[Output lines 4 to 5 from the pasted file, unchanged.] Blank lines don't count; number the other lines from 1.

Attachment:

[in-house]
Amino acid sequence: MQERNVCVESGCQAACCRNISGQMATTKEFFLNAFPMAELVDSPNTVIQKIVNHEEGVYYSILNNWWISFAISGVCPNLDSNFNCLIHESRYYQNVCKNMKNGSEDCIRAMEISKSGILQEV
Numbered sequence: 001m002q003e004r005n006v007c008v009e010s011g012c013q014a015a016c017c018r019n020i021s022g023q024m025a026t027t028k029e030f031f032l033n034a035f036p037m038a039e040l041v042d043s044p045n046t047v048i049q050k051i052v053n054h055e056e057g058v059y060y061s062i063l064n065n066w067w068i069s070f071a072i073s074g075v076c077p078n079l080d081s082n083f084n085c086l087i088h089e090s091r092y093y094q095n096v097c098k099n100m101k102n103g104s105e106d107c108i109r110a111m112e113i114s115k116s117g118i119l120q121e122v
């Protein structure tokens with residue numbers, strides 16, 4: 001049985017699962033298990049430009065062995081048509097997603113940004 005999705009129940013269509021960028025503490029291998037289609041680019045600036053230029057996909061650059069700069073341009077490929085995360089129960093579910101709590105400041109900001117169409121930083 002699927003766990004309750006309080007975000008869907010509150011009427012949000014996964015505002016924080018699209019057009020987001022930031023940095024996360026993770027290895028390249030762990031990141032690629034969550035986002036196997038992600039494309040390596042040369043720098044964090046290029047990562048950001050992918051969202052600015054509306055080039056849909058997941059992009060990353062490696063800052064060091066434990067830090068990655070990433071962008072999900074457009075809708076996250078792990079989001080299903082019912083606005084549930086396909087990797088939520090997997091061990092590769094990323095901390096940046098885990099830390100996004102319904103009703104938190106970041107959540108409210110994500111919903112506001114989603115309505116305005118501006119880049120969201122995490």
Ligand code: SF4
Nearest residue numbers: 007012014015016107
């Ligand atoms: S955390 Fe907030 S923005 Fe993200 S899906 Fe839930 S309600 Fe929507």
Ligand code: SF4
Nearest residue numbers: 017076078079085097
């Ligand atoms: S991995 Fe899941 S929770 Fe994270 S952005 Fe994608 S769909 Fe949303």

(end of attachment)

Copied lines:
């Protein structure tokens with residue numbers, strides 16, 4: 001049985017699962033298990049430009065062995081048509097997603113940004 005999705009129940013269509021960028025503490029291998037289609041680019045600036053230029057996909061650059069700069073341009077490929085995360089129960093579910101709590105400041109900001117169409121930083 002699927003766990004309750006309080007975000008869907010509150011009427012949000014996964015505002016924080018699209019057009020987001022930031023940095024996360026993770027290895028390249030762990031990141032690629034969550035986002036196997038992600039494309040390596042040369043720098044964090046290029047990562048950001050992918051969202052600015054509306055080039056849909058997941059992009060990353062490696063800052064060091066434990067830090068990655070990433071962008072999900074457009075809708076996250078792990079989001080299903082019912083606005084549930086396909087990797088939520090997997091061990092590769094990323095901390096940046098885990099830390100996004102319904103009703104938190106970041107959540108409210110994500111919903112506001114989603115309505116305005118501006119880049120969201122995490």
Ligand code: SF4